A P/B ratio below 1 often indicates that a company’s stocks are undervalued since its market capitalisation is lower than its book value. Similarly, a high P/B ratio might imply that a company’s stocks are overvalued.
However, it shall be noted that there is no single P/B ratio that can be considered as ideal for investments. A host of factors are at play at any point in time that can affect the P/B ratio of a particular company, sector, and even industry. Therefore, common and fundamental parameters must first be sorted out before using this ratio as a basis for investment decisions.
Moreover, book value per share or BVPS at any point of time elucidates the shareholders concerning the book value of share they are holding regardless of its market price. Based on that, they can gauge whether stock prices will go down or up in the future.
Any organisation reports its Balance Sheet quarterly or annually. Therefore, investors remain in the dark about the book value of an organisation in the in-between periods. Basing decisions on past figures can lead to inappropriate analysis.
According to conventional accounting approaches, most assets’ values are represented as per their historical figures. It does not account for the actual depreciation and appreciation in values of assets but instead is based on set accounting principles. This phenomenon creates a discrepancy and compromises analysis based on book value.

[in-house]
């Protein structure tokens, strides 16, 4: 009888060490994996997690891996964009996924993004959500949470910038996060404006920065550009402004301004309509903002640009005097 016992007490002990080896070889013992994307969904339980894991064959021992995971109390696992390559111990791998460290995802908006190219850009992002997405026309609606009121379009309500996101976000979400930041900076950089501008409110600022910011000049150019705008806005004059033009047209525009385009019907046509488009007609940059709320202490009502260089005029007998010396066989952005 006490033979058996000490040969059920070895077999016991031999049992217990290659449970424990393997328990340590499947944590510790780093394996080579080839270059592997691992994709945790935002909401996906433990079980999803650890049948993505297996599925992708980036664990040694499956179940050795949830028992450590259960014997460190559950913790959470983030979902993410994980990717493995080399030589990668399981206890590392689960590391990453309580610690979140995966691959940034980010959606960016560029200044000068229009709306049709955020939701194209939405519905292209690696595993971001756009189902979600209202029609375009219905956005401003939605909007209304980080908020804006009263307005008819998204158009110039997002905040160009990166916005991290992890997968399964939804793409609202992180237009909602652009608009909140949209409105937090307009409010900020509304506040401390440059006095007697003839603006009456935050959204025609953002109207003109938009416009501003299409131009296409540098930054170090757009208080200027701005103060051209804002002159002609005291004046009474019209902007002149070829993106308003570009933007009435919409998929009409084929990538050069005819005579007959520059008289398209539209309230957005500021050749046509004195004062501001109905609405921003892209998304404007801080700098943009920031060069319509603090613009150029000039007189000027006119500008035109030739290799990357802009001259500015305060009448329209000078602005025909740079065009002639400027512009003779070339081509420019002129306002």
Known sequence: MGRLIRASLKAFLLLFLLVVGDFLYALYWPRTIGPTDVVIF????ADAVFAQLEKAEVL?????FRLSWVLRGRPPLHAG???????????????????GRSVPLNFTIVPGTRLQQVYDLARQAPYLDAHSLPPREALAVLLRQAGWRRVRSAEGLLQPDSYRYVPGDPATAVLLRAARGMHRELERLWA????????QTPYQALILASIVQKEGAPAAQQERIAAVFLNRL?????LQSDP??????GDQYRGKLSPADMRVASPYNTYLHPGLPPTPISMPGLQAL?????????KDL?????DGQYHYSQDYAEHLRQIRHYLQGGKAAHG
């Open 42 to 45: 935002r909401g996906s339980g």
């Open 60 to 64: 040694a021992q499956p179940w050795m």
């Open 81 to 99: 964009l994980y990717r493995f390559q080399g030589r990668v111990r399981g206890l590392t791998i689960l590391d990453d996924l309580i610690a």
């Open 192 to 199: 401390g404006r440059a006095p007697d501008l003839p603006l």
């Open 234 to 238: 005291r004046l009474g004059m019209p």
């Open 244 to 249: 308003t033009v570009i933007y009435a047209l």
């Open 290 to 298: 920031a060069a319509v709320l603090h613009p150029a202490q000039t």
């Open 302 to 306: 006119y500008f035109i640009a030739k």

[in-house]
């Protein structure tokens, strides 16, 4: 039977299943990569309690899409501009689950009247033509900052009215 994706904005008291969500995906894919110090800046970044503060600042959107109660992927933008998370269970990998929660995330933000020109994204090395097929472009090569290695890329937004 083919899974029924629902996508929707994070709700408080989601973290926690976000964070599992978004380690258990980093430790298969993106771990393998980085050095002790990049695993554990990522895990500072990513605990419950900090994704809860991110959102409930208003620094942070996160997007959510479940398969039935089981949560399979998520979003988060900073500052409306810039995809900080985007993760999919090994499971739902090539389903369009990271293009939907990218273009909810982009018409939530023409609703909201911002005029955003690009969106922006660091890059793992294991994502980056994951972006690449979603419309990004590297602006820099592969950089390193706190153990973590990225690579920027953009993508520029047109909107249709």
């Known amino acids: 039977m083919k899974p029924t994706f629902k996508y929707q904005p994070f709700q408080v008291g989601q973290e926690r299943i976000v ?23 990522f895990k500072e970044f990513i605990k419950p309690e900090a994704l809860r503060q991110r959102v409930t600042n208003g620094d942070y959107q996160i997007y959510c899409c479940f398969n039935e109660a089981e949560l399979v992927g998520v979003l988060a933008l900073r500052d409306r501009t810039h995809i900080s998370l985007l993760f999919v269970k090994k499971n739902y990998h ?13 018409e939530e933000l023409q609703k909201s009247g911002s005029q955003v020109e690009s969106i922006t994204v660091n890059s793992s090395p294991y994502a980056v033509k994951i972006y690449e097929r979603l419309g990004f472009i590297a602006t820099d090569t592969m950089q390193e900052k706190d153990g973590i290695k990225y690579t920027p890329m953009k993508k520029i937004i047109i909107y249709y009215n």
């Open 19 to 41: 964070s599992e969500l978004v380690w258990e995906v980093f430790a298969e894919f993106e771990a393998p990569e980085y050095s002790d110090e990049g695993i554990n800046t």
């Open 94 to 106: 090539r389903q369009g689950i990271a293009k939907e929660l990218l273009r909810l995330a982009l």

Companies or industries that extensively rely on their human capital will have an inappropriate reflection of their worth in their financial statements. Therefore, book value is not an apposite measure in these cases.
Book value is the worth of a company based on its financial books. Market value is the worth of a company based on the perceived worth by the market.
If the market value of an organisation is higher than its book value, it implies that the stock market is assigning more significance to its stocks. It might be due to its enhanced earnings, well-founded and sound management, or any other factor that buoys its market worth.
If the book value of a company is higher than its market value, it indicates that the stock market is less confident in the organisation’s earning capability, albeit its book value might. That can also come about due to a host of negative factors.
Evidently, the book value of any organisation plays a vital role in the determination of its worth. It comes forward as a critical agency for investors to base their investment decisions.